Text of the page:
It has been said that if life was predictable, it would cease to be life, so if I succeed in making you think (and possibly position) for outlier events, then my endeavor has been worthwhile. My annual exercise recognizes that over the course of time, conventional wisdom is often wrong. As a society (and as investors), we are consistently bamboozled by appearance and consensus. Too often we are played as suckers as we just accept the trend, momentum and/or the superficial as certain truth without a shred of criticism. Just look at those who bought into the success of Enron, Saddam Hussein’s weapons of mass destruction, the heroic home-run production of steroid-laced Major League Baseball players Barry Bonds and Mark McGwire, the financial supermarket concept at what was once the largest money center bank (Citigroup (C)), the uninterrupted profit growth at Fannie Mae (FNM) and Freddie Mac (FRE), housing’s new paradigm of noncyclical growth and ever-rising home prices, the uncompromising principles of former New York Governor Eliot Spitzer, the morality of other politicians (e.g., John Edwards, John Ensign and Larry Craig), the consistency of Bernie Madoff’s investment returns (and those of other hucksters) and the clean-cut image of Tiger Woods.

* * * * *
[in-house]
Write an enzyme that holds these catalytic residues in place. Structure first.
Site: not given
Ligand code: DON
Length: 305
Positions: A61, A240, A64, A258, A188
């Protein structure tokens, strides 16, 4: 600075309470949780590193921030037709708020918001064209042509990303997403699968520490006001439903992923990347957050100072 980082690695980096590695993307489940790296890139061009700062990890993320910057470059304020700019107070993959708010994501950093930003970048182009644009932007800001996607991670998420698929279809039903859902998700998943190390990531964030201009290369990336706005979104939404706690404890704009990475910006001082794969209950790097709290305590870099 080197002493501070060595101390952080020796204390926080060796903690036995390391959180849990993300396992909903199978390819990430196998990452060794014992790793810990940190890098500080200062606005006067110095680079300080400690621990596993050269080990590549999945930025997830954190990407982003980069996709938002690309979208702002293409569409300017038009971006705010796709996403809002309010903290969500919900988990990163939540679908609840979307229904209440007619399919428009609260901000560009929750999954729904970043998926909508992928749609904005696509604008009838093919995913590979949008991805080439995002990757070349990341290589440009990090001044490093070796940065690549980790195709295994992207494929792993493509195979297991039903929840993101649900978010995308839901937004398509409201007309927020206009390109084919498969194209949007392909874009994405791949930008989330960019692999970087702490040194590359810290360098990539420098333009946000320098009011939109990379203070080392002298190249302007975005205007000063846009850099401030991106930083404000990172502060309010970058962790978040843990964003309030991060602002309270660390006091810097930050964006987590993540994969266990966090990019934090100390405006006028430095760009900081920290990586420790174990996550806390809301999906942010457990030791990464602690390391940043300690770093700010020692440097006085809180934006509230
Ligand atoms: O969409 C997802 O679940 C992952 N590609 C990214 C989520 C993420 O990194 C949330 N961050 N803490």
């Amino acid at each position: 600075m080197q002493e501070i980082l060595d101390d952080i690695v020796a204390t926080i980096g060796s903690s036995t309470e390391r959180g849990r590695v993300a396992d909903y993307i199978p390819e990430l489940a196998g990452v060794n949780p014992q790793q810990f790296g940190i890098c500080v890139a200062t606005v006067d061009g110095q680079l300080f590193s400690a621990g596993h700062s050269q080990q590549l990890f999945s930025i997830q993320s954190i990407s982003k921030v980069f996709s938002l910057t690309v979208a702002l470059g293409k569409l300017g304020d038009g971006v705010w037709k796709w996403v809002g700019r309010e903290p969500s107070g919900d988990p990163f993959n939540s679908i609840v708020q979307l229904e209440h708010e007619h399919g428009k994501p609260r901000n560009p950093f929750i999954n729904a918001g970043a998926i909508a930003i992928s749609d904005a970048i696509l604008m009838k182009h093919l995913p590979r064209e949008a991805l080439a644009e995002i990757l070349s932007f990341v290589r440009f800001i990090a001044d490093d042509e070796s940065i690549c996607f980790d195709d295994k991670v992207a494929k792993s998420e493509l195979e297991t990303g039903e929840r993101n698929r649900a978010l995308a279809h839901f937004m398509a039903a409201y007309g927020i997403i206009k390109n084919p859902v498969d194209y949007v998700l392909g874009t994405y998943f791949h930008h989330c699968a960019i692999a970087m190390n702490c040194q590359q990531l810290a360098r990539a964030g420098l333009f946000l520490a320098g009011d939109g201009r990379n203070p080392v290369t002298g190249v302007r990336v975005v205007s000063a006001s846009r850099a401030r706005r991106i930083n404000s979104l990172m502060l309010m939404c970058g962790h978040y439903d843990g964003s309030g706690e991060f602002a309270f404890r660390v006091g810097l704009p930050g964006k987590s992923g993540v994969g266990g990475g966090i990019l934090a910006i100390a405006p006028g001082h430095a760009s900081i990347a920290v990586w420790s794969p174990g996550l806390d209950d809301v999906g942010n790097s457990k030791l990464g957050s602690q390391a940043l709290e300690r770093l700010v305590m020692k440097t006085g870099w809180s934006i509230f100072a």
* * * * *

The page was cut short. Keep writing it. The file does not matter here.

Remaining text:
In an excellent essay published over the past week, GMO’S James Montier makes note of the consistent weakness embodied in consensus forecasts.
Attempting to invest on the back of economic forecasts is an exercise in extreme folly, even in normal times. Economists are probably the one group who make astrologers look like professionals when it comes to telling the future. Even a cursory glance at Exhibit 4 reveals that economists are simply useless when it comes to forecasting. They have missed every recession in the last four decades! And it isn’t just growth that economists can’t forecast: it’s also inflation, bond yields, and pretty much everything else. If we add greater uncertainty, as refl ected by the distribution of the new normal, to the mix, then the difficulty of investing based upon economic forecasts is likely to be squared!